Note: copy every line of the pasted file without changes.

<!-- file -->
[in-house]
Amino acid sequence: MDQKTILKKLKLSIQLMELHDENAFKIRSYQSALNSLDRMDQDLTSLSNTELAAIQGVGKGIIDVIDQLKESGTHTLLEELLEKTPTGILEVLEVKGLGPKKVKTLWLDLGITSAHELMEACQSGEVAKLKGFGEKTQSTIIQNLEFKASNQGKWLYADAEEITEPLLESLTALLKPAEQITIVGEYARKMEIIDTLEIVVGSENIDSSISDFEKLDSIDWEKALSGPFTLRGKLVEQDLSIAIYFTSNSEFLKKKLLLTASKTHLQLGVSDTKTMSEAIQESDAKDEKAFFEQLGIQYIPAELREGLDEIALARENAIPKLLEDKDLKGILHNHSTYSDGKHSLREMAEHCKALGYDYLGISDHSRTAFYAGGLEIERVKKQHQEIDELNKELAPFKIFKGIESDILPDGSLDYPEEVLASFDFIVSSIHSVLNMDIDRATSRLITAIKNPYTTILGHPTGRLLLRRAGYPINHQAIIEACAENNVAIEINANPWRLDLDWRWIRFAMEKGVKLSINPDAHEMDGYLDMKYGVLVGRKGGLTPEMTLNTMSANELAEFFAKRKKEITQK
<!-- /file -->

[in-house]
Amino acid sequence: MDQKTILKKLKLSIQLMELHDENAFKIRSYQSALNSLDRMDQDLTSLSNTELAAIQGVGKGIIDVIDQLKESGTHTLLEELLEKTPTGILEVLEVKGLGPKKVKTLWLDLGITSAHELMEACQSGEVAKLKGFGEKTQSTIIQNLEFKASNQGKWLYADAEEITEPLLESLTALLKPAEQITIVGEYARKMEIIDTLEIVVGSENIDSSISDFEKLDSIDWEKALSGPFTLRGKLVEQDLSIAIYFTSNSEFLKKKLLLTASKTHLQLGVSDTKTMSEAIQESDAKDEKAFFEQLGIQYIPAELREGLDEIALARENAIPKLLEDKDLKGILHNHSTYSDGKHSLREMAEHCKALGYDYLGISDHSRTAFYAGGLEIERVKKQHQEIDELNKELAPFKIFKGIESDILPDGSLDYPEEVLASFDFIVSSIHSVLNMDIDRATSRLITAIKNPYTTILGHPTGRLLLRRAGYPINHQAIIEACAENNVAIEINANPWRLDLDWRWIRFAMEKGVKLSINPDAHEMDGYLDMKYGVLVGRKGGLTPEMTLNTMSANELAEFFAKRKKEITQK